Cyclists need to follow road rules

Visibility is key to being responsible cyclist

Chris Eggen offers a variety of safety items at his shop.

Photo by Emily Mentzer
Chris Eggen offers a variety of safety items at his shop.

MONMOUTH — Ever wonder who has the right of way at a stop sign, a bicyclist or a vehicle?

It may surprise you to know that bicyclists are under the same laws as cars when it comes to the rules of the road.

“They’re not pedestrians once they’re on two wheels,” said Chris Eggen, general manager of Veal Bikes Plus.

Educating cyclists — or maybe gently reminding them — about that fact is a goal among many in Monmouth, from Mayor John Oberst to Councilman Marshall Guthrie, from the police department to Eggen.

“We’d like to see them stopping at stop signs and riding a little more safely in town, staying off sidewalks in the downtown area,” said Darrell Tallan, Monmouth police chief. “We try and remind people that it’s dangerous to be riding on that sidewalk (downtown).”

Another thing police see a lot of is cyclists who don’t obey traffic signs, which is unsafe for the rider and others, Tallan noted.

To help get people back on track, Guthrie — who has been called a model cyclist by Tallan — has teamed up with the folks at Veal Bikes Plus and applied for a grant from the Monmouth Parks and Recreation Board.

If approved, the $500 grant will be used to offer bicycle safety courses for two groups: one for adults and youths 16 and older; another for those 16 and younger.

See bikes, Page 15A

“We haven’t heard the outcome yet, but I feel the proposal was well received,” Guthrie said. “If the effort goes well, we hope to expand beyond Monmouth into Western Oregon University and Independence.”

Eggen is an adamant supporter of safety. His No. 1 tip for adults is visibility.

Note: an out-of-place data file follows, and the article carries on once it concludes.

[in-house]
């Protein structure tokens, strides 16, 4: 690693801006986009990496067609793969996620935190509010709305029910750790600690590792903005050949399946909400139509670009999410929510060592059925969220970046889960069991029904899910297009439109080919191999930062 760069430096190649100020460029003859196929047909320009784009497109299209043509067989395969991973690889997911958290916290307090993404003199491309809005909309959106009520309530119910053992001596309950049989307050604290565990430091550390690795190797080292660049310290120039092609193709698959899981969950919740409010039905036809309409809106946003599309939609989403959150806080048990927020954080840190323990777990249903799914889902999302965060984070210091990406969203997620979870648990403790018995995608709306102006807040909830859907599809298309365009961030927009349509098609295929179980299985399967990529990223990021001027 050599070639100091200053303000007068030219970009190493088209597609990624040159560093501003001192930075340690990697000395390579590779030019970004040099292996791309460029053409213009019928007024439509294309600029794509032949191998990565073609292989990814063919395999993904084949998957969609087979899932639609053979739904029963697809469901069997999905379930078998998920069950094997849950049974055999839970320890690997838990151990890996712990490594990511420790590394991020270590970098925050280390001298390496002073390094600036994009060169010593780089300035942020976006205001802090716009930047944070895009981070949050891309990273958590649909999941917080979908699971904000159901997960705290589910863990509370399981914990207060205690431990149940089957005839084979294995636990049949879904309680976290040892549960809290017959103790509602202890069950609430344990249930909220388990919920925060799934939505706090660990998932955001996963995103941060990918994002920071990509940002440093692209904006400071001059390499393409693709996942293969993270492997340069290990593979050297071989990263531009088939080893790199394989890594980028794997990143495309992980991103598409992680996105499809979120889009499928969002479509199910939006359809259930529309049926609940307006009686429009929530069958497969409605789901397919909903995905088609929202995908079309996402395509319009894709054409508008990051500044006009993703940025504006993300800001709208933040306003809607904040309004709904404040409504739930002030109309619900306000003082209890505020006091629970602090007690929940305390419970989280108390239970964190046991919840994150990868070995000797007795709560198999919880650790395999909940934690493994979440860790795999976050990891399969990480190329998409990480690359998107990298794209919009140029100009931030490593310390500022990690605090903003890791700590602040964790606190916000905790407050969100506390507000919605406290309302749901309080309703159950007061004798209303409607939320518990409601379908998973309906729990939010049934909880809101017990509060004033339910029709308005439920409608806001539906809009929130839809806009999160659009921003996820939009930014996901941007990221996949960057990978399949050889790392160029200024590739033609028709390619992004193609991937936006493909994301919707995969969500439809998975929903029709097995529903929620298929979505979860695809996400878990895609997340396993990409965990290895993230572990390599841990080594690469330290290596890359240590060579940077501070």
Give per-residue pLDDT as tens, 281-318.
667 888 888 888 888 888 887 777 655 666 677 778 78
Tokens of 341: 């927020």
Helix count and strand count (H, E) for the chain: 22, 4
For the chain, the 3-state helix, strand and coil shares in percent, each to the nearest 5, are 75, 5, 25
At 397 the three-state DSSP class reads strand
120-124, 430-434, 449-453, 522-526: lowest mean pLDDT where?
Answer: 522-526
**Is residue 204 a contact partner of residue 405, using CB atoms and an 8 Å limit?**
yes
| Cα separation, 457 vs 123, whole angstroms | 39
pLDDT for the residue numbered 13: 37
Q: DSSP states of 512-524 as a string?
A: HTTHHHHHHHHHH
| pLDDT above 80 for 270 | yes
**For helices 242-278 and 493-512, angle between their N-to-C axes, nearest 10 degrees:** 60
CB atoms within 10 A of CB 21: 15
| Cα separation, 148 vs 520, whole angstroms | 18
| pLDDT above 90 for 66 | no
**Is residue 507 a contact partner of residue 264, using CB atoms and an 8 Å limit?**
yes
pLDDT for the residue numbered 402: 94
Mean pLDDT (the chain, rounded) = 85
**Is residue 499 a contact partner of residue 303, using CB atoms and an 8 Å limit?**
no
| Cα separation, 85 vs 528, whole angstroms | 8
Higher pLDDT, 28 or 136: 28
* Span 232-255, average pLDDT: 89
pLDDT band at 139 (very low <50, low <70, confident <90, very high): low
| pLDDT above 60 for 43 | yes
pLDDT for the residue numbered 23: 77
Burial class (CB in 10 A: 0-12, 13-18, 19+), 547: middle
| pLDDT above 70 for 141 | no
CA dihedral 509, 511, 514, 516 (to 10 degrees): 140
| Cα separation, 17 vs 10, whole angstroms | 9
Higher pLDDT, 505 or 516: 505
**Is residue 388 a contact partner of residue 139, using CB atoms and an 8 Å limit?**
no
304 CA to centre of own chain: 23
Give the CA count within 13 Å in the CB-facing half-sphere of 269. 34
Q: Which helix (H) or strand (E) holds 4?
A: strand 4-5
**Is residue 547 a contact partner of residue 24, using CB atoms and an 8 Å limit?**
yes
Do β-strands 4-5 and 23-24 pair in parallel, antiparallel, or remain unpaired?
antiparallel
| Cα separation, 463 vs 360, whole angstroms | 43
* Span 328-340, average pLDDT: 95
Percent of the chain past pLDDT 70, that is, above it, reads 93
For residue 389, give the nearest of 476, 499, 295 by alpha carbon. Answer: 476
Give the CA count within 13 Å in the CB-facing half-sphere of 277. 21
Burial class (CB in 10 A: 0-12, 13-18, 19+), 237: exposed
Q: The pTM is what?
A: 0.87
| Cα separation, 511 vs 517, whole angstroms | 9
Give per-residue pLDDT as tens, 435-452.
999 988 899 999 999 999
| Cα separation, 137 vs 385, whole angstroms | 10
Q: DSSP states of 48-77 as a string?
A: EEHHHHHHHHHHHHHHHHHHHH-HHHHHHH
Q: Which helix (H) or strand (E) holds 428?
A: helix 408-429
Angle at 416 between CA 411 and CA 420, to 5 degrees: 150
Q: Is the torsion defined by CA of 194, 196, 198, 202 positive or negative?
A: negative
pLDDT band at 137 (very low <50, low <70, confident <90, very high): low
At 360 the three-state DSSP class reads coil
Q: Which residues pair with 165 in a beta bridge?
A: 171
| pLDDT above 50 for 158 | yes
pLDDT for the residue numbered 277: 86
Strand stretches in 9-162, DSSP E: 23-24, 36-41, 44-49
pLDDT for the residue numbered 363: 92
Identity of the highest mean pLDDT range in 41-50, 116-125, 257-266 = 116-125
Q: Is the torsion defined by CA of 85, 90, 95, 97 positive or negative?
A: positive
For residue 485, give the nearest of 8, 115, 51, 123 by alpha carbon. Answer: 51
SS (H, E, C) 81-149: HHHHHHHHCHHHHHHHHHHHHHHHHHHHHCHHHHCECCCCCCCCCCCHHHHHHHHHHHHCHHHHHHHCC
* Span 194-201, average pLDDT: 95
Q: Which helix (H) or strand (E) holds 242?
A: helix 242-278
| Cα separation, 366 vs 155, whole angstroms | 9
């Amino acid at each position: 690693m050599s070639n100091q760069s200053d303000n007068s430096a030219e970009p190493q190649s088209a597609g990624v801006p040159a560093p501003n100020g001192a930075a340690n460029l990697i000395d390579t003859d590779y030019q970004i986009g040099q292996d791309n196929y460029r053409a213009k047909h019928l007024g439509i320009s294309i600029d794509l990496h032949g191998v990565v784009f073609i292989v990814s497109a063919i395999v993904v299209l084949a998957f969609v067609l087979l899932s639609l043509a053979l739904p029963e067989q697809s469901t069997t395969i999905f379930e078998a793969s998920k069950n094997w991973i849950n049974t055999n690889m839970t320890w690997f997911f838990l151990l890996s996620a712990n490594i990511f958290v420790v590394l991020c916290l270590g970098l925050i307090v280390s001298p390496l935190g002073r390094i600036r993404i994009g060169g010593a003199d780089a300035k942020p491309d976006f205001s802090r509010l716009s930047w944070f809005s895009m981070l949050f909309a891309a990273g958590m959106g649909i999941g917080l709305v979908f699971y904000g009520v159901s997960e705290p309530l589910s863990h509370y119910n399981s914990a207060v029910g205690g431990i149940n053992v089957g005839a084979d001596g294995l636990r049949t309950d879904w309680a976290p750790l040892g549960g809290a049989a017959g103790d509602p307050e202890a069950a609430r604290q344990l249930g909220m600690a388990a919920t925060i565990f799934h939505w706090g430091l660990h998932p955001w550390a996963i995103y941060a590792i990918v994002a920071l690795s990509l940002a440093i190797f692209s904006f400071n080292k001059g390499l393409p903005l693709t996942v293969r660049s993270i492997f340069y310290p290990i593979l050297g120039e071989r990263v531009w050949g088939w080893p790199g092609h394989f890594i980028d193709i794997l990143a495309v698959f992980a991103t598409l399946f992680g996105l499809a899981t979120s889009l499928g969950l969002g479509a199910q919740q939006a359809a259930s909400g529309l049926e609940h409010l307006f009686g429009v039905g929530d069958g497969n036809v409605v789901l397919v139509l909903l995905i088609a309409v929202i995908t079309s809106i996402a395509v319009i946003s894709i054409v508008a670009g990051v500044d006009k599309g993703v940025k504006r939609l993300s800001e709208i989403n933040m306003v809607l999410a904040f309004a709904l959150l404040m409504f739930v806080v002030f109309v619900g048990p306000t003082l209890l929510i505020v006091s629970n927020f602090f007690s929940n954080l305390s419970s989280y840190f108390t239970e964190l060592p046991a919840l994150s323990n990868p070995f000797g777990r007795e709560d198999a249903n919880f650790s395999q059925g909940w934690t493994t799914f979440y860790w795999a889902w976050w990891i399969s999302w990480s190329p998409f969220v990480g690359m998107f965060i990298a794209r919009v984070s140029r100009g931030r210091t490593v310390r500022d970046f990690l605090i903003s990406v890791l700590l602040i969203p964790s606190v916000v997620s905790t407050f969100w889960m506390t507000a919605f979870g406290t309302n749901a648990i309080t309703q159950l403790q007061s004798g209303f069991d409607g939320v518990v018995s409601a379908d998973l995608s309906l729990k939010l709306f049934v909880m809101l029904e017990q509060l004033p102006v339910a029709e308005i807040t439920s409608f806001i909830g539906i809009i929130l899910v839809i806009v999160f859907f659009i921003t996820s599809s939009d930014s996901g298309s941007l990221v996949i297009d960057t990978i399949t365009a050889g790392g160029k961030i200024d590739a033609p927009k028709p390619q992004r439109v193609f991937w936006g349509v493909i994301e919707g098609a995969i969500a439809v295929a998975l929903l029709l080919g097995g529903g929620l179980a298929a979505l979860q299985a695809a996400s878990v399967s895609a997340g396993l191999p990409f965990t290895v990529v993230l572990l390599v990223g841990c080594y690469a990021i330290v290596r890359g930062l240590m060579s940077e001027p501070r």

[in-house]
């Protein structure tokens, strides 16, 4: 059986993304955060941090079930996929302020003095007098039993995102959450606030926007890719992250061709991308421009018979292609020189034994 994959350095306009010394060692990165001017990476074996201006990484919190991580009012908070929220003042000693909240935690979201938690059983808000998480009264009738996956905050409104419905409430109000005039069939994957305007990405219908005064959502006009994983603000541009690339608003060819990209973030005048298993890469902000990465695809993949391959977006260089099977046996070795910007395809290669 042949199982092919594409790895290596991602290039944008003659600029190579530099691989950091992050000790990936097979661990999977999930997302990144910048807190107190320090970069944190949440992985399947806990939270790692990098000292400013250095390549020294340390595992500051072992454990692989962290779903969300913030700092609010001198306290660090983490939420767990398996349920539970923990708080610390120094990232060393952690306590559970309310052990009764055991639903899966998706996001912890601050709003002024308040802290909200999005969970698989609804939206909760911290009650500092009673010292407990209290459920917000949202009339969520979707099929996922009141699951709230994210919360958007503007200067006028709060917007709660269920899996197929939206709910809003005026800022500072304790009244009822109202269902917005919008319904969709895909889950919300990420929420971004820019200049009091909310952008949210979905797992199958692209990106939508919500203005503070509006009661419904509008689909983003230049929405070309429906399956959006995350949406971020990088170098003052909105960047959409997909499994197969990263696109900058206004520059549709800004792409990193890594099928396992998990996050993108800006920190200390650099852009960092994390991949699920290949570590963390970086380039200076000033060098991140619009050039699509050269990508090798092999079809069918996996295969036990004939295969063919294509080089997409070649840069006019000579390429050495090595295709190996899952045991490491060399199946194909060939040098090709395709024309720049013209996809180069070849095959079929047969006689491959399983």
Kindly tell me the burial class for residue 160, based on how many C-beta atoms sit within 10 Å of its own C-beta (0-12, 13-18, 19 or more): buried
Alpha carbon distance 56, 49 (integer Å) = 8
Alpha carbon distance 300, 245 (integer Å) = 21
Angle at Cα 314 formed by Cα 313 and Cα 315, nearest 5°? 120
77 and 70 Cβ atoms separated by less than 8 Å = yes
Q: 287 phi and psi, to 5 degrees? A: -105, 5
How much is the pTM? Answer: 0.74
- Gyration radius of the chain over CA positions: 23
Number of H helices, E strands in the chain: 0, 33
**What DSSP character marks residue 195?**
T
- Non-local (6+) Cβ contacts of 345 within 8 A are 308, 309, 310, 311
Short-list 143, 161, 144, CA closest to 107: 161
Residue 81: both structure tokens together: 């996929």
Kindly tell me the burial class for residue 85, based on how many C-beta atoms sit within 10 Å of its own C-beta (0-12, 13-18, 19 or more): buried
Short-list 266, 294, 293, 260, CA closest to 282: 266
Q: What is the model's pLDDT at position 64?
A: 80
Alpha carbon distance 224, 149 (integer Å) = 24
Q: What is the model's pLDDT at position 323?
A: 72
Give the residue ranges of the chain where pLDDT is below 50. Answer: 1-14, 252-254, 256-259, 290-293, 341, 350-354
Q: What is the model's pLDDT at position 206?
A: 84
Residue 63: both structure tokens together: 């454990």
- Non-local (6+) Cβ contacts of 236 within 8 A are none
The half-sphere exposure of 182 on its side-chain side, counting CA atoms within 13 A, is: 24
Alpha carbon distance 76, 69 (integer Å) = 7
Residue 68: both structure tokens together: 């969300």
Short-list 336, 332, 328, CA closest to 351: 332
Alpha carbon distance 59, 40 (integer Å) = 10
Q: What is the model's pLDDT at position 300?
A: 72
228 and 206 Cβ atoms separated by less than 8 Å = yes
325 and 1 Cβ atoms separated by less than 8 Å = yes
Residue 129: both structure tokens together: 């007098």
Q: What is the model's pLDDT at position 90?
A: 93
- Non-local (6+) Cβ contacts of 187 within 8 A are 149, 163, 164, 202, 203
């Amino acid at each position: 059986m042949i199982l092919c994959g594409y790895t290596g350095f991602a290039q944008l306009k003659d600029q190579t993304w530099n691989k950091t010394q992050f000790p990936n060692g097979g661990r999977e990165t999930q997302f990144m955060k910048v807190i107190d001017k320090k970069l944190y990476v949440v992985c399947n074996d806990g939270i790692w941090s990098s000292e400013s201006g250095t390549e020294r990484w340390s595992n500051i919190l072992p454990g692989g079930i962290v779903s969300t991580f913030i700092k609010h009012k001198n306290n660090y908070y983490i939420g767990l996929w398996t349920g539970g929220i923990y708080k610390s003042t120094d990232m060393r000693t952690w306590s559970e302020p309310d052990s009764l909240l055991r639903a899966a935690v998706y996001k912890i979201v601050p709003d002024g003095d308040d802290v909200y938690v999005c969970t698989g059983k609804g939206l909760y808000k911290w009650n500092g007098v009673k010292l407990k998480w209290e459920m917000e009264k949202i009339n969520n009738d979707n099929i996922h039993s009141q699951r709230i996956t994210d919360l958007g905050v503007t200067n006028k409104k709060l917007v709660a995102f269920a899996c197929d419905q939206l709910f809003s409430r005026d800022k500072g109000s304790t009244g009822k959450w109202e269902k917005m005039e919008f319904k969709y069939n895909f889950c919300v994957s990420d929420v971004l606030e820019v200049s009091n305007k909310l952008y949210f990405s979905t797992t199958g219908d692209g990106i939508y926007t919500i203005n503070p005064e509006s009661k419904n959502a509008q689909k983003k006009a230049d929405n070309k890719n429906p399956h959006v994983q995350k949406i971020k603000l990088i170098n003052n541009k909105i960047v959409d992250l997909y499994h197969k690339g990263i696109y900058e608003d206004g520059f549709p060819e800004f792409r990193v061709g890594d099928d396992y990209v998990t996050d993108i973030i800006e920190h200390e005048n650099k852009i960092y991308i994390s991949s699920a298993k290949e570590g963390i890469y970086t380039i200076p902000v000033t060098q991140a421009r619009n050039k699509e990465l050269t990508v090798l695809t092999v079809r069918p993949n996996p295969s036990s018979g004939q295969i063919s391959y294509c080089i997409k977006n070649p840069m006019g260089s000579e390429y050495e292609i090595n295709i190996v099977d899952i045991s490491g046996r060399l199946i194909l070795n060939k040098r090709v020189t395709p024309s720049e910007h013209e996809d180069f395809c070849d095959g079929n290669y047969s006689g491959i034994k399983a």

“Put your lights on during the day, wear bright clothing,” Eggen said. “Reflective clothing is even better.”

Those older than 16 are not required by law to wear helmets, but Eggen said everyone should protect their heads.

“I don’t think people really realize how fragile a skull is,” he said.

Sometimes cyclists forgetting the laws is a matter of the time lapsed from when they last rode a bike, Eggen said, whether they’re adults just getting into the activity or they haven’t been on a bike in 10 years.

“A lot has happened in 10 years” when it comes to safety equipment and rules of the road, Eggen noted, adding that he finds “fair-weather riders” are often less safe than those who, like Guthrie, ride as a regular routine.

Tallan said he wouldn’t single out any one age level when it comes to cyclists not following the rules of the road.

“Anyone that rides a bicycle on the road needs to be very careful and needs to follow the rules,” he said.

Senate Bill 533 is on its way to the House of Representatives.

If passed, it would allow cyclists and motorcycle riders to “run” red lights if those lights do not detect the rider and change to green.

Guthrie does not see this as a problem, should the law be passed. It should not change how bicycle riders behave at most intersections in Monmouth or Independence, since there are few stop lights to begin with.

“Who hasn’t been in a car and waited as the light never changed to green,” Guthrie said. “Bikes are no different, except that it happens more frequently to cyclists stopped at intersections.”

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